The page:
While a majority of respondents indicated that their giving would increase in 2005, one-quarter said they would reduce giving – a significant increase over the 18 percent who had expected to reduce giving the previous year. Overall, the center predicts that growth in giving this year will fall below the nearly 7 percent growth rate recorded in 2004. Free online. 19 pages. (212) 807-2415, http://fdncenter.org/research/trends_analysis/pdf/fgge05.pdf.
Rating the Raters: An Assessment of Organizations and Publications That Rate/Rank Charitable Nonprofit Organizations and Publications
National Council of Nonprofit Assocations/National Human Services Assembly (NHSA)
Organizations that act as “watchdogs” and publish rankings of charitable nonprofit organizations tend to focus on financial measures rather than program results, says this report.
The study assessed the rating and ranking criteria used by national groups, such as Charity Navigator and the Chronicle of Philanthropy, that focus on wide variety of charities. Among its findings: Approaches, criteria, data sources and levels of due diligence vary significantly; evaluation criteria may be oversimplistic, or not readily apparent to donors; and ratings may be used to drive revenues (in the form of memberhips or subscriptions) for the evaluators.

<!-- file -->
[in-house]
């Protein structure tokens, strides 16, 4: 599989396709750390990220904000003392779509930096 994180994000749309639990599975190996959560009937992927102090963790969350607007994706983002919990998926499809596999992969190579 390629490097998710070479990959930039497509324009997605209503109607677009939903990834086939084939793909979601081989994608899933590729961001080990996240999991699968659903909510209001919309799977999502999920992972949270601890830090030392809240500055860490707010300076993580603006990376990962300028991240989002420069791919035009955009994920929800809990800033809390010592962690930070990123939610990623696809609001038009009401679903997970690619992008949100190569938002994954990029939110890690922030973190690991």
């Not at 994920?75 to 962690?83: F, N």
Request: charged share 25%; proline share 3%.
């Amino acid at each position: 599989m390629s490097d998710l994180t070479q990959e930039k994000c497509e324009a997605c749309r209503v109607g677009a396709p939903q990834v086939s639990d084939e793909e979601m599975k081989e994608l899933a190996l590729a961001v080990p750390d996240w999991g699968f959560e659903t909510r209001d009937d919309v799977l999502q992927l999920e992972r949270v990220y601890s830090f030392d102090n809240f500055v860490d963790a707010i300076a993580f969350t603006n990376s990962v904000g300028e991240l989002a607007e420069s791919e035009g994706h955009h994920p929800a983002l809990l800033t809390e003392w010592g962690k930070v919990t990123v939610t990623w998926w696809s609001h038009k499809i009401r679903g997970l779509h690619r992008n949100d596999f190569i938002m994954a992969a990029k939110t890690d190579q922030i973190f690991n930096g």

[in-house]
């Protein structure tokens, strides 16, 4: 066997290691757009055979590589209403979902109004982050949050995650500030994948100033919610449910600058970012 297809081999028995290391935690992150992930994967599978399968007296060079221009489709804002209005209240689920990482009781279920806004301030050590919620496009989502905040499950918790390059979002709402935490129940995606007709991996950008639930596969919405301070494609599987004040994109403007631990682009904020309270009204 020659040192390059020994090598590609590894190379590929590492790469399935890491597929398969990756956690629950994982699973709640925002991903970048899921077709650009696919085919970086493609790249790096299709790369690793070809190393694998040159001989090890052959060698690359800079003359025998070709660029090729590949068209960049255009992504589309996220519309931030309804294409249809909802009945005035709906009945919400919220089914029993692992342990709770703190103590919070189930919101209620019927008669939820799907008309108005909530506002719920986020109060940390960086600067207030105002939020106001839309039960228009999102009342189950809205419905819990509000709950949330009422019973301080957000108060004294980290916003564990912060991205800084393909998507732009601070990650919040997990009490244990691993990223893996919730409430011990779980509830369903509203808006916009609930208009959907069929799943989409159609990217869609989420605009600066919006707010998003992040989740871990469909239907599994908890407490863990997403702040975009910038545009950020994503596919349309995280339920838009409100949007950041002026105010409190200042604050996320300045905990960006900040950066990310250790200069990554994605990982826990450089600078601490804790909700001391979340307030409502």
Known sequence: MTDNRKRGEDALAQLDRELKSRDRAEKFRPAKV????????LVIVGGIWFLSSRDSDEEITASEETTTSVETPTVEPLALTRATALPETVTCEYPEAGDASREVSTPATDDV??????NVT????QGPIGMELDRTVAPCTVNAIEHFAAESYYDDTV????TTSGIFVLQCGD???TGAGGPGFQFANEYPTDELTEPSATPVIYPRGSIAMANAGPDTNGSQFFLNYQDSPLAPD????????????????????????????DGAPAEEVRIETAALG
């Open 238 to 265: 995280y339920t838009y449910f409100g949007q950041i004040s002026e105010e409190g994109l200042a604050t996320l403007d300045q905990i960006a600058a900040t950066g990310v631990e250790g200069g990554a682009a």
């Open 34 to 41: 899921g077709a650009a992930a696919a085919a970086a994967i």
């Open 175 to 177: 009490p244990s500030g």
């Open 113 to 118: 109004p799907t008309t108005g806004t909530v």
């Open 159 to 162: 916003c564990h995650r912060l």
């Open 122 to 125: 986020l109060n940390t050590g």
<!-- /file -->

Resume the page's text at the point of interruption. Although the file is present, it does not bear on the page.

Although such groups seek to help donors make responsible choices, there is great potential for the ratings to be misinterpreted and misused by the media and the public, say the study’s authors. “It is not sufficient to know what percentage an agency spends on overhead or how much money it raises, but not how well it is managed or how effectively it delivers services,” NHSA CEO Irv Katz said in a statement that accompanied the report. Free online. 34 pages. (202) 347-2080, ext 16, www.nassembly.org/nassembly/documents/Rating_the_Raters_Final_3%20.pdf.
When Schools Stay Open Late: The National Evaluation of the 21st Century Community Learning Centers Program Final Report
U.S. Department of Education/Mathematica
The third and final report from the national evaluation of the federal 21st Century Community Learning Centers (CLC) program again reveals mixed results for elementary and middle school students.